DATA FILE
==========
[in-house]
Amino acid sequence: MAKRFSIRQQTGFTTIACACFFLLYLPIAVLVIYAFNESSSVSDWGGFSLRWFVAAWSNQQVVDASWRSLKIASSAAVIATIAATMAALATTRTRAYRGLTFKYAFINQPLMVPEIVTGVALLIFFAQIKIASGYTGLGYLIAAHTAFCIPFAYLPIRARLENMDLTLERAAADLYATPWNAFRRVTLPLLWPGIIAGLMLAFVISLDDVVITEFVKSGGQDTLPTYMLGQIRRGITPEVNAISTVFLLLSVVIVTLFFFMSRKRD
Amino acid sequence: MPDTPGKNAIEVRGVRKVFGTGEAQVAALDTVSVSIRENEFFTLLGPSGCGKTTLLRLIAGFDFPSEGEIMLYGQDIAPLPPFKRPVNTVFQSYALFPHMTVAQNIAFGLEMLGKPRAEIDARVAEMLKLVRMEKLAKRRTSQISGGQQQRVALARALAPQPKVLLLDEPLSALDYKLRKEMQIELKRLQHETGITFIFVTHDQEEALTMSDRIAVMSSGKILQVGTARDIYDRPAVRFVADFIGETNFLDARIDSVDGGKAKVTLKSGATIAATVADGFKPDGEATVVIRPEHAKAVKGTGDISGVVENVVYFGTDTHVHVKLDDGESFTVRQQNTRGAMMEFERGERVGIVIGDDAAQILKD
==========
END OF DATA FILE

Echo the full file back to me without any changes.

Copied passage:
[in-house]
Amino acid sequence: MAKRFSIRQQTGFTTIACACFFLLYLPIAVLVIYAFNESSSVSDWGGFSLRWFVAAWSNQQVVDASWRSLKIASSAAVIATIAATMAALATTRTRAYRGLTFKYAFINQPLMVPEIVTGVALLIFFAQIKIASGYTGLGYLIAAHTAFCIPFAYLPIRARLENMDLTLERAAADLYATPWNAFRRVTLPLLWPGIIAGLMLAFVISLDDVVITEFVKSGGQDTLPTYMLGQIRRGITPEVNAISTVFLLLSVVIVTLFFFMSRKRD
Amino acid sequence: MPDTPGKNAIEVRGVRKVFGTGEAQVAALDTVSVSIRENEFFTLLGPSGCGKTTLLRLIAGFDFPSEGEIMLYGQDIAPLPPFKRPVNTVFQSYALFPHMTVAQNIAFGLEMLGKPRAEIDARVAEMLKLVRMEKLAKRRTSQISGGQQQRVALARALAPQPKVLLLDEPLSALDYKLRKEMQIELKRLQHETGITFIFVTHDQEEALTMSDRIAVMSSGKILQVGTARDIYDRPAVRFVADFIGETNFLDARIDSVDGGKAKVTLKSGATIAATVADGFKPDGEATVVIRPEHAKAVKGTGDISGVVENVVYFGTDTHVHVKLDDGESFTVRQQNTRGAMMEFERGERVGIVIGDDAAQILKD